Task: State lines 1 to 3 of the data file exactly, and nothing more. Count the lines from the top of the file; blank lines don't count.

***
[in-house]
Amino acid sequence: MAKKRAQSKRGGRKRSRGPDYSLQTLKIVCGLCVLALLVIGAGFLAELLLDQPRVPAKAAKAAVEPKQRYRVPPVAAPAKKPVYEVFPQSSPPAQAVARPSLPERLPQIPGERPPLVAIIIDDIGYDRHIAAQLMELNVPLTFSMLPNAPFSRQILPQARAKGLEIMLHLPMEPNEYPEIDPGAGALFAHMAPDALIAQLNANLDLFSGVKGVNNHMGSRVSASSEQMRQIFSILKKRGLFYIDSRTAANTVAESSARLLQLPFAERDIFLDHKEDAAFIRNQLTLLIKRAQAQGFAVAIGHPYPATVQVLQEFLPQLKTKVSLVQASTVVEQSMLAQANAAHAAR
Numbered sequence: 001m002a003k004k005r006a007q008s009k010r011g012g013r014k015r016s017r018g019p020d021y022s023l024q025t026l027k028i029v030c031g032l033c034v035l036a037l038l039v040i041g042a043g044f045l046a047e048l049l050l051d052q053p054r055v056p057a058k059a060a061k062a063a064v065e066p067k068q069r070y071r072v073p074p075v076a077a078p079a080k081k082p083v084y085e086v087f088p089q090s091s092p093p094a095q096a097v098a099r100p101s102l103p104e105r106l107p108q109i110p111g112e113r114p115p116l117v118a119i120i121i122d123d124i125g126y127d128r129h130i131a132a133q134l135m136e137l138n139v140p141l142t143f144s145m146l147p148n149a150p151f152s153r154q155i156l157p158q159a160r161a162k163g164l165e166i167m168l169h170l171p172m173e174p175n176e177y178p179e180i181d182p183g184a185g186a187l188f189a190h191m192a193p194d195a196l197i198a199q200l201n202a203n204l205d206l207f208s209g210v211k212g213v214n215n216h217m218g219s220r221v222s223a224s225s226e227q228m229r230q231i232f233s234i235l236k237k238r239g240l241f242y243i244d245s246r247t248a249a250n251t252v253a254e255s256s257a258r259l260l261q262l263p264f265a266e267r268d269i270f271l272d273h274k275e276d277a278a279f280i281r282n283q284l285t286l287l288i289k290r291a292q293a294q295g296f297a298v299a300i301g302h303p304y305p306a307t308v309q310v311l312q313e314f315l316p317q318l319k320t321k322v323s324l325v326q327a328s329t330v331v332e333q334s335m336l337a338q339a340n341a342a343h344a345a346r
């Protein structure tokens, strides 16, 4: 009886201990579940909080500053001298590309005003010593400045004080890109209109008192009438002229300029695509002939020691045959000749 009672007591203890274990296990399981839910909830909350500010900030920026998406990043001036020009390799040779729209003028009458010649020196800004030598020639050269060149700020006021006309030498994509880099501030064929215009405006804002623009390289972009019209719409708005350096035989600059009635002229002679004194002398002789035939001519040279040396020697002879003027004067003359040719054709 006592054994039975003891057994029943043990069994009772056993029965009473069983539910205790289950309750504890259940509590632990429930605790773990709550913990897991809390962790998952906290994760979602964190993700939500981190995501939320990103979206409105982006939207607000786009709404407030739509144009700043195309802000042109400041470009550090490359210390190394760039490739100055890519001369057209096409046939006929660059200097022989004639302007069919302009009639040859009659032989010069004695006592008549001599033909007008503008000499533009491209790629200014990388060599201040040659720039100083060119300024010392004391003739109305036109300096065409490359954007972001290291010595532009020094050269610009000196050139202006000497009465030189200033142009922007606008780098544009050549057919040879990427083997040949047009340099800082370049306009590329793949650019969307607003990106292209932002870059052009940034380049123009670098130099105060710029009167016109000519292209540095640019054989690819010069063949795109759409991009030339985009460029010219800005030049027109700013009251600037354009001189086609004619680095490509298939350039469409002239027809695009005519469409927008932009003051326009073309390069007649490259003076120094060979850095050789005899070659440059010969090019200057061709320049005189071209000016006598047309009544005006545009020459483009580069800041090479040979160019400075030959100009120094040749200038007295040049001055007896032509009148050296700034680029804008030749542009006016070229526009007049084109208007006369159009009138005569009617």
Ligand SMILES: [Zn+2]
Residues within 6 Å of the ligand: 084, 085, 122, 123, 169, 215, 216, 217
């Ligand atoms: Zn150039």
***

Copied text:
[in-house]
Amino acid sequence: MAKKRAQSKRGGRKRSRGPDYSLQTLKIVCGLCVLALLVIGAGFLAELLLDQPRVPAKAAKAAVEPKQRYRVPPVAAPAKKPVYEVFPQSSPPAQAVARPSLPERLPQIPGERPPLVAIIIDDIGYDRHIAAQLMELNVPLTFSMLPNAPFSRQILPQARAKGLEIMLHLPMEPNEYPEIDPGAGALFAHMAPDALIAQLNANLDLFSGVKGVNNHMGSRVSASSEQMRQIFSILKKRGLFYIDSRTAANTVAESSARLLQLPFAERDIFLDHKEDAAFIRNQLTLLIKRAQAQGFAVAIGHPYPATVQVLQEFLPQLKTKVSLVQASTVVEQSMLAQANAAHAAR
Numbered sequence: 001m002a003k004k005r006a007q008s009k010r011g012g013r014k015r016s017r018g019p020d021y022s023l024q025t026l027k028i029v030c031g032l033c034v035l036a037l038l039v040i041g042a043g044f045l046a047e048l049l050l051d052q053p054r055v056p057a058k059a060a061k062a063a064v065e066p067k068q069r070y071r072v073p074p075v076a077a078p079a080k081k082p083v084y085e086v087f088p089q090s091s092p093p094a095q096a097v098a099r100p101s102l103p104e105r106l107p108q109i110p111g112e113r114p115p116l117v118a119i120i121i122d123d124i125g126y127d128r129h130i131a132a133q134l135m136e137l138n139v140p141l142t143f144s145m146l147p148n149a150p151f152s153r154q155i156l157p158q159a160r161a162k163g164l165e166i167m168l169h170l171p172m173e174p175n176e177y178p179e180i181d182p183g184a185g186a187l188f189a190h191m192a193p194d195a196l197i198a199q200l201n202a203n204l205d206l207f208s209g210v211k212g213v214n215n216h217m218g219s220r221v222s223a224s225s226e227q228m229r230q231i232f233s234i235l236k237k238r239g240l241f242y243i244d245s246r247t248a249a250n251t252v253a254e255s256s257a258r259l260l261q262l263p264f265a266e267r268d269i270f271l272d273h274k275e276d277a278a279f280i281r282n283q284l285t286l287l288i289k290r291a292q293a294q295g296f297a298v299a300i301g302h303p304y305p306a307t308v309q310v311l312q313e314f315l316p317q318l319k320t321k322v323s324l325v326q327a328s329t330v331v332e333q334s335m336l337a338q339a340n341a342a343h344a345a346r